Billions of Indians use Coal to Cope with Heat Waves

by Vijay Jayaraj

India’s unconstrained use of coal for electricity generation is helping 1.4 billion people adapt to intense heat waves that registered 40 degrees Celsius (104 Fahrenheit) on thermometers. However, I’ve not seen a single story from the mainstream media highlighting why coal is essential to the comfort – and even survival – of people in my country.

Instead, reporters bemoan how India’s use of “dirty” coal in the midst of oppressive heat frustrates the country’s “decarbonization”. It cannot be clearer! Climate elites want restriction of fossil fuel use irrespective of its effect on people. Death and disease for billions living in poverty is not too high a price for achieving climate nirvana.

Indians Use Electricity to Cool

India recently became the world’s most populous nation, overtaking China for that distinction. And the percentage of Indians living in energy poverty remains much higher than that of the Chinese. Even slight disruptions to energy supply could have significant negative consequences on a population already socio-economically weak.

Being a tropical country, summer extremes are very common in India. With the advent of modern cities and rapid industrialization, the Urban Heat Island effect in cities have contributed to an artificial increase in temperatures as well. Combined, these factors make summer temperatures intense.

Maintaining hydration and other common-sense steps are important, but not enough. Air conditioning or ventilation from windows aided by electric-driven fans is crucial for people to avoid heat stroke and other morbidities associated with extreme temperatures. However, only 24 percent of Indian households have air conditioners. Others use fans mounted on tables or in ceilings. The benefits of fans were documented in a Lancet article, but they are of no use without reliable electricity.

Frequent blackouts are reported even in some of the most advanced Indian cities. An electricity shortage of 22.53 million kilowatt-hours was reported on April 17 by the National Load Dispatch Centre. Such occurrences exact a huge toll on people who rely on cooling devices during heat waves.

Living in India, I have encountered such hot and humid summer afternoons during prolonged – and unannounced – power blackouts. Only recently did I buy a battery for backup power – an asset that a majority of India’s billions cannot afford. Emergency power equipment for households is even fairly rare in wealthier countries, but they have much more reliable electricity supply systems.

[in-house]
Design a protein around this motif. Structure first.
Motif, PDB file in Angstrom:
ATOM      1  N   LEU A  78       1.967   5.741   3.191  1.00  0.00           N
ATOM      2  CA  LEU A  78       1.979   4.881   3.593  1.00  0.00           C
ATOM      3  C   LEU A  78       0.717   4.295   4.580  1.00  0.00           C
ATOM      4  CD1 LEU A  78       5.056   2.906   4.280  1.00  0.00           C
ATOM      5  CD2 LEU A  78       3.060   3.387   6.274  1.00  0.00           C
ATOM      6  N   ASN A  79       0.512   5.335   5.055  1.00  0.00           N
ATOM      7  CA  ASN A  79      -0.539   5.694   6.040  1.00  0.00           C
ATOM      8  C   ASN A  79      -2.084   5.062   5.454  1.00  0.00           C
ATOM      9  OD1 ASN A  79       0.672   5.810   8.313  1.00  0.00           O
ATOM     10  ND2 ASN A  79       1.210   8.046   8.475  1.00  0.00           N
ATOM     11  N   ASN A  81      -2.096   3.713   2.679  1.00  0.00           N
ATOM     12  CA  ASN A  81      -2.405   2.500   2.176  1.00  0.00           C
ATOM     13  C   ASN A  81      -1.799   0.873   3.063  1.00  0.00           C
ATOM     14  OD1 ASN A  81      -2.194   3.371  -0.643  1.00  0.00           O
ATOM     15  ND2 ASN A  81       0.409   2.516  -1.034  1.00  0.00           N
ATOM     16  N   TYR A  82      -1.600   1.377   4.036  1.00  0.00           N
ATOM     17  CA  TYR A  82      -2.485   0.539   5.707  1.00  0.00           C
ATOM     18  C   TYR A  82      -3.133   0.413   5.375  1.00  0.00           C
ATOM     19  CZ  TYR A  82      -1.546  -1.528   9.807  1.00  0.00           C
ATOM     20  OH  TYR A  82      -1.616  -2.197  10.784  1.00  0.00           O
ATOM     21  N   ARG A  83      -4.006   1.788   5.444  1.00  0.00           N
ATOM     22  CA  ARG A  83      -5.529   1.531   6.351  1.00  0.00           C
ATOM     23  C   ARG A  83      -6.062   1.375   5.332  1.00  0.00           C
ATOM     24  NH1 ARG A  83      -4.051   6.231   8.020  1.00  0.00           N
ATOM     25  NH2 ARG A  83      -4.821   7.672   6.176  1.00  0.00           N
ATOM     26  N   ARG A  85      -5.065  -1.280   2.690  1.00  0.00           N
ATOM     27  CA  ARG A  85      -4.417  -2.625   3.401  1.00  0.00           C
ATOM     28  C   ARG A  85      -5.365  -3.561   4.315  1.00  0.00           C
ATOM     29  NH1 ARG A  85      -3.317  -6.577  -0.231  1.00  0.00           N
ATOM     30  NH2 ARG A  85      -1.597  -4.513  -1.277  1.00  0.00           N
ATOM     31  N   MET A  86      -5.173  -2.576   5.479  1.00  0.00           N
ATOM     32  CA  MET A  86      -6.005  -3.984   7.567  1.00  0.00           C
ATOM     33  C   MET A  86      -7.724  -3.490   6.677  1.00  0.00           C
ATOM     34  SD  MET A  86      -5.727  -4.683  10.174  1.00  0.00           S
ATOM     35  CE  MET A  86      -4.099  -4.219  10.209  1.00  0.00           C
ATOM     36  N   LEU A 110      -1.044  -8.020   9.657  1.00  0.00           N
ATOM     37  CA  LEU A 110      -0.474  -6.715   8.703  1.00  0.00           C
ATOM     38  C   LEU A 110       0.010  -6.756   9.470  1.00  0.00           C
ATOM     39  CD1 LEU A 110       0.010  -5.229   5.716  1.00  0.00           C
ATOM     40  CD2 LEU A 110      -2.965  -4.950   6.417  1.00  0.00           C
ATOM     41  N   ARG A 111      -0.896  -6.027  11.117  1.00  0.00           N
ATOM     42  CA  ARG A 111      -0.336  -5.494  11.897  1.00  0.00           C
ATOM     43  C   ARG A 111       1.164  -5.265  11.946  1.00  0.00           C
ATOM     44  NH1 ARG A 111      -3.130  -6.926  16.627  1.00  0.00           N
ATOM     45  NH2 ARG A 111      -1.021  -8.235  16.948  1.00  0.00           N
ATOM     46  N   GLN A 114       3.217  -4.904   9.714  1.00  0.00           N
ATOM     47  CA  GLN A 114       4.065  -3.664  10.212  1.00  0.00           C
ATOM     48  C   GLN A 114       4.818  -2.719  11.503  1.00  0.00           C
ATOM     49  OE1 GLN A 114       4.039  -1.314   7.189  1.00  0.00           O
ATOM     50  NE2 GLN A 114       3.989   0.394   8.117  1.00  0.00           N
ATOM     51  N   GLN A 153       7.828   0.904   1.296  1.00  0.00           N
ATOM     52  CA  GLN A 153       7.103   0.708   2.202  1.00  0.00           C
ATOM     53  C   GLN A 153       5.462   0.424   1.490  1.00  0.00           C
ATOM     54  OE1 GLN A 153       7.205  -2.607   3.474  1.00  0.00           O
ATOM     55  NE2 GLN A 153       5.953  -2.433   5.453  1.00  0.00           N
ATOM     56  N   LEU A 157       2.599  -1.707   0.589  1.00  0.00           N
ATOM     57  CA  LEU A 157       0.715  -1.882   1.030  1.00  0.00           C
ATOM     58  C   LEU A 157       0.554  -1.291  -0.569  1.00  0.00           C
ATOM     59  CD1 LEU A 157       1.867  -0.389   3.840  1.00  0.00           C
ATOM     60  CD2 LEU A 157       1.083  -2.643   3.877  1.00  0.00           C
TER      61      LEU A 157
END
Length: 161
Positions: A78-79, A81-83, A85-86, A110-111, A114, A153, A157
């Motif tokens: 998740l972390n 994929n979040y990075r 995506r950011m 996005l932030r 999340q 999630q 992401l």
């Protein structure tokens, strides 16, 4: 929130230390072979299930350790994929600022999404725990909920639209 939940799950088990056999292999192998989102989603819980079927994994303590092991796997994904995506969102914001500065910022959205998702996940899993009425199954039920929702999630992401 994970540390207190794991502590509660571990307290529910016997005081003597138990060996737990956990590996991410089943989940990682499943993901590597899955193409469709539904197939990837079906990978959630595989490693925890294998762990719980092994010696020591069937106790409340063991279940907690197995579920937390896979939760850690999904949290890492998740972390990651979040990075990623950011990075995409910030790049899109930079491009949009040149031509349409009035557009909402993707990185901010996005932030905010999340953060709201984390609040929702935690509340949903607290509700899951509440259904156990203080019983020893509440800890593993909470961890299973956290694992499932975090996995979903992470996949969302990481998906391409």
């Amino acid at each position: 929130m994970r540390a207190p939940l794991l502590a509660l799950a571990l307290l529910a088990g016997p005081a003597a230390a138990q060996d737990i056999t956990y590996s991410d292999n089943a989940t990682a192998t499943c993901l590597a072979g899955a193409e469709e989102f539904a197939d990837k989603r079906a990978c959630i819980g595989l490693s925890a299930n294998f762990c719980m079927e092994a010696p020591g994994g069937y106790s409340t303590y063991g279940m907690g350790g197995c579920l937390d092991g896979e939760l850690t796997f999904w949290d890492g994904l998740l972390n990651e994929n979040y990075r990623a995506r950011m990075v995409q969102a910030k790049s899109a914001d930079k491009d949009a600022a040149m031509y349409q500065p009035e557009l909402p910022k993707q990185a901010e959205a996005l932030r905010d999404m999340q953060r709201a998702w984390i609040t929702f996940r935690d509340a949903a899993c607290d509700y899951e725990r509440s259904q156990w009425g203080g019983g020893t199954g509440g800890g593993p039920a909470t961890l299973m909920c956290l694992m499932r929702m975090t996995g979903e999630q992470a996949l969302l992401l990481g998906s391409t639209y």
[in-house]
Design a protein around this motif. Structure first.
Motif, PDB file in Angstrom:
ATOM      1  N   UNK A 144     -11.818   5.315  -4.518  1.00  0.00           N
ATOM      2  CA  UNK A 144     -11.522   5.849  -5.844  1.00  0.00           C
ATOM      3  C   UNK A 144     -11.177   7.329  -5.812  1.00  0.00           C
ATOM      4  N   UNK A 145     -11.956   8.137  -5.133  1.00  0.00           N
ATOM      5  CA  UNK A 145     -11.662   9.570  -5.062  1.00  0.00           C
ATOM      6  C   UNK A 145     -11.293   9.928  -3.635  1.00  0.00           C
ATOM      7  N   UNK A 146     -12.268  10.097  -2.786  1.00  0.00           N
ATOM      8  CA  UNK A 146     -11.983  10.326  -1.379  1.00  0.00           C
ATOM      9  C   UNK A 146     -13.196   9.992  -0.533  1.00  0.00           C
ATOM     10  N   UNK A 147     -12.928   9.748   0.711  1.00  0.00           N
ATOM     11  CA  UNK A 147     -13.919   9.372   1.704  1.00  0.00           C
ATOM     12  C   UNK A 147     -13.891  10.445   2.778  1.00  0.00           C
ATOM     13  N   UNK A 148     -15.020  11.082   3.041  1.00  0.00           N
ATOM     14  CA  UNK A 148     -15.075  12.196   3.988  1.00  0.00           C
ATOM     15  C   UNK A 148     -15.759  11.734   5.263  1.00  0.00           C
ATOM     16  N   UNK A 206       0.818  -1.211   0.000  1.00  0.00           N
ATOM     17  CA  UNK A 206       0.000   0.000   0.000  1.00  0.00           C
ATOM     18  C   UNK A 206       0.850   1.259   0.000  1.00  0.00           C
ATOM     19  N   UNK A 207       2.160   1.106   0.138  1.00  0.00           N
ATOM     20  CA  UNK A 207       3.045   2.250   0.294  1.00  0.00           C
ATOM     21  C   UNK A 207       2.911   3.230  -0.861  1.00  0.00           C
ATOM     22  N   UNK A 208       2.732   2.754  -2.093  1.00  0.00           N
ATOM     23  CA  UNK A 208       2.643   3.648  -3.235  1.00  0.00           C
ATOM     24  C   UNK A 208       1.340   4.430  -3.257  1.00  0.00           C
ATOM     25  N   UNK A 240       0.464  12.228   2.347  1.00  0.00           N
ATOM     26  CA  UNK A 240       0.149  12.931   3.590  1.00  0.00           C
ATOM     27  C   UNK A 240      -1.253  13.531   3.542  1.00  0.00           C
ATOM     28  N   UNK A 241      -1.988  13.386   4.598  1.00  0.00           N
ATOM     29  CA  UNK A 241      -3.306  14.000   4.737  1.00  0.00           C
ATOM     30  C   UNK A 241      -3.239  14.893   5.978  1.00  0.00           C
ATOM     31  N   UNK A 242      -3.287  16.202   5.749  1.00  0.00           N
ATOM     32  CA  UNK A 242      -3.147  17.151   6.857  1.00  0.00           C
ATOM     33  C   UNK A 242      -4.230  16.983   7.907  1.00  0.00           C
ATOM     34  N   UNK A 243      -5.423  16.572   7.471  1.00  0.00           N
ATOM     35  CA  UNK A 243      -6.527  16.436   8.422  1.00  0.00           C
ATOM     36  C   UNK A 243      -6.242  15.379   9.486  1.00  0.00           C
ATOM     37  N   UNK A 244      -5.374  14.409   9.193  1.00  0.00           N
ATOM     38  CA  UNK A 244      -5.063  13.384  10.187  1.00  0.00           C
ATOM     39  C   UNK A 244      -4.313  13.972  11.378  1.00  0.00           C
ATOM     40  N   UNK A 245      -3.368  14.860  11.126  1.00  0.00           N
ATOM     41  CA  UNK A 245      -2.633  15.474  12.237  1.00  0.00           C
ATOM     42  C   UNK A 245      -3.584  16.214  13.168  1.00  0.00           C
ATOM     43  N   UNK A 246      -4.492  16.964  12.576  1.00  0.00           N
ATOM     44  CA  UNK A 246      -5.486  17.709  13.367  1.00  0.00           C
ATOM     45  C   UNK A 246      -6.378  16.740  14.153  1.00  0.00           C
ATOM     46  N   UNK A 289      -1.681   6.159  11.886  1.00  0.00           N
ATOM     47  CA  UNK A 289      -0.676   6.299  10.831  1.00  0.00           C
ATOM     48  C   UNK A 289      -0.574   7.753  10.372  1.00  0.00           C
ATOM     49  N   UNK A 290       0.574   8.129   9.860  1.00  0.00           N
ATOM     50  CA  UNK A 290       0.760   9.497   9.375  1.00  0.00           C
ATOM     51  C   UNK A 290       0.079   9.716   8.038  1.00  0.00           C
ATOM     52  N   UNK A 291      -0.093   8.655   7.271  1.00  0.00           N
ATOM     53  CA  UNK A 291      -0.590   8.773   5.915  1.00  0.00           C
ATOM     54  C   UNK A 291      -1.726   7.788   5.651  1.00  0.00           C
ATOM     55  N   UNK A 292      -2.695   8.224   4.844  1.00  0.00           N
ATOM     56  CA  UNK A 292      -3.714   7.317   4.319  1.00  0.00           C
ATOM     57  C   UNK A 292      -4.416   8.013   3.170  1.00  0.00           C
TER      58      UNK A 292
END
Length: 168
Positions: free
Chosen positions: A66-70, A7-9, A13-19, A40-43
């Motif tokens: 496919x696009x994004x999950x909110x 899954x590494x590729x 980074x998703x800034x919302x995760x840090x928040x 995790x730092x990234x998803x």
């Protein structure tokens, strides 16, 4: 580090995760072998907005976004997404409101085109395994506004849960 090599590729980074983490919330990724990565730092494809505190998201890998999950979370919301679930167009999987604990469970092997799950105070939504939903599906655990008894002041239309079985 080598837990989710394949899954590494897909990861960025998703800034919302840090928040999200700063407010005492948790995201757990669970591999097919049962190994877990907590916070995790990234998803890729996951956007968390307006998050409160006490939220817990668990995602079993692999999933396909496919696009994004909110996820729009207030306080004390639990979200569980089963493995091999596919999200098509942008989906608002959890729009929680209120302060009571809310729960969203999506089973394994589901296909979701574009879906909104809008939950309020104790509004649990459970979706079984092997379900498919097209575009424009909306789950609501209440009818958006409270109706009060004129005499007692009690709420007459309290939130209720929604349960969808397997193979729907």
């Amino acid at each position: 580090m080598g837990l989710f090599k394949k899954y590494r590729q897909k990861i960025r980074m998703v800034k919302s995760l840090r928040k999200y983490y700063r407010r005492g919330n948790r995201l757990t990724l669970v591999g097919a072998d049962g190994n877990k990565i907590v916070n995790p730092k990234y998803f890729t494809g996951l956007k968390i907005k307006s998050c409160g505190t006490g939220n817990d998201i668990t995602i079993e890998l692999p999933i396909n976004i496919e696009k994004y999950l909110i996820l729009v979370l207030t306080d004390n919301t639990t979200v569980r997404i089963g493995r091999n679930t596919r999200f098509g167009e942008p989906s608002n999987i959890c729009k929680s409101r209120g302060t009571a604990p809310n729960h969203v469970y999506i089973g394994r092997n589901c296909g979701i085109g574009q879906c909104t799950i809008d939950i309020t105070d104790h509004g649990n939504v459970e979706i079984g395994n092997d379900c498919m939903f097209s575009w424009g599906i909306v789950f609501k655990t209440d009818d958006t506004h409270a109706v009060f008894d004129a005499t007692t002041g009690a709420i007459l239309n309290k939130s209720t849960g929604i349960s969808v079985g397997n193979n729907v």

Coal to the Rescue

To better ensure power supplies, India has instituted measures to bolster fuel stocks at coal plants to forestall shortages. This year, both trains and ships have been used to transport coal in the country.

According to coal ministry data, India’s coal production increased nearly 15 percent year-on-year to 893 million metric tons in the fiscal year ending March 31 and is projected to increase further in the coming year. With more heat waves predicted in the coming months and given the inevitable summer extremes of UHI-impacted cities in the coming years, coal production and use are bound to increase further.

“India will be a coal-surplus country in the next two years and will start exporting coal in 2025-26,” said India Coal Minister Pralhad Joshi.

With more than 70 percent of electricity coming from coal, India’s decision to resist energy-restrictive climate policies is proving to be a lifesaving move.

The Indian strategic think tank NITI Ayog has called for the government to ensure “maximum production of coal and work towards its abundant availability in the market,” reports the Observer Resarch Foundation. “The government is optimistic that an increase in domestic production of coal will bring faster economic development to the ‘aspiring regions’ of the country.”

Nevertheless, most mainstream media – obsessed with a fabricated climate emergency – treat the use of coal as a problem, not as a victory over death and disease.

This commentary was first published at BizPac Review, May 4, 2023, and can be accessed here.

Vijay Jayaraj is a Research Associate at the CO2 Coalition, Arlington, Virginia. He holds a master’s degree in environmental sciences from the University of East Anglia, UK and resides in India.

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